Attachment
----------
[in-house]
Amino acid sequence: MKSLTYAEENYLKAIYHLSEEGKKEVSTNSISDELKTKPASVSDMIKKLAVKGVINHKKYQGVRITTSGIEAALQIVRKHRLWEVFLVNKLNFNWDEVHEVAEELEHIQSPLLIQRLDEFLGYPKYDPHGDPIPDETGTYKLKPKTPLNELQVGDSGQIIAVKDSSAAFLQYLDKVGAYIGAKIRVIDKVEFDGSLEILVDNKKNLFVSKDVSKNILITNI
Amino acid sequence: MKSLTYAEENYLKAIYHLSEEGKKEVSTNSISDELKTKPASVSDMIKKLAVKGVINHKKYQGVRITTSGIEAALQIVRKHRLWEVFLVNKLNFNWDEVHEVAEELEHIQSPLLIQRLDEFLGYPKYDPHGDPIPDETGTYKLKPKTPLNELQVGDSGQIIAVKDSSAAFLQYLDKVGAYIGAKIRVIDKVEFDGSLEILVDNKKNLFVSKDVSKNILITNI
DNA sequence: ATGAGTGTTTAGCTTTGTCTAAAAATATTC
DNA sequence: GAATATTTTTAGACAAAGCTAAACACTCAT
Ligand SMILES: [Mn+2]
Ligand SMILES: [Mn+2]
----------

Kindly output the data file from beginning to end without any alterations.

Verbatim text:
[in-house]
Amino acid sequence: MKSLTYAEENYLKAIYHLSEEGKKEVSTNSISDELKTKPASVSDMIKKLAVKGVINHKKYQGVRITTSGIEAALQIVRKHRLWEVFLVNKLNFNWDEVHEVAEELEHIQSPLLIQRLDEFLGYPKYDPHGDPIPDETGTYKLKPKTPLNELQVGDSGQIIAVKDSSAAFLQYLDKVGAYIGAKIRVIDKVEFDGSLEILVDNKKNLFVSKDVSKNILITNI
Amino acid sequence: MKSLTYAEENYLKAIYHLSEEGKKEVSTNSISDELKTKPASVSDMIKKLAVKGVINHKKYQGVRITTSGIEAALQIVRKHRLWEVFLVNKLNFNWDEVHEVAEELEHIQSPLLIQRLDEFLGYPKYDPHGDPIPDETGTYKLKPKTPLNELQVGDSGQIIAVKDSSAAFLQYLDKVGAYIGAKIRVIDKVEFDGSLEILVDNKKNLFVSKDVSKNILITNI
DNA sequence: ATGAGTGTTTAGCTTTGTCTAAAAATATTC
DNA sequence: GAATATTTTTAGACAAAGCTAAACACTCAT
Ligand SMILES: [Mn+2]
Ligand SMILES: [Mn+2]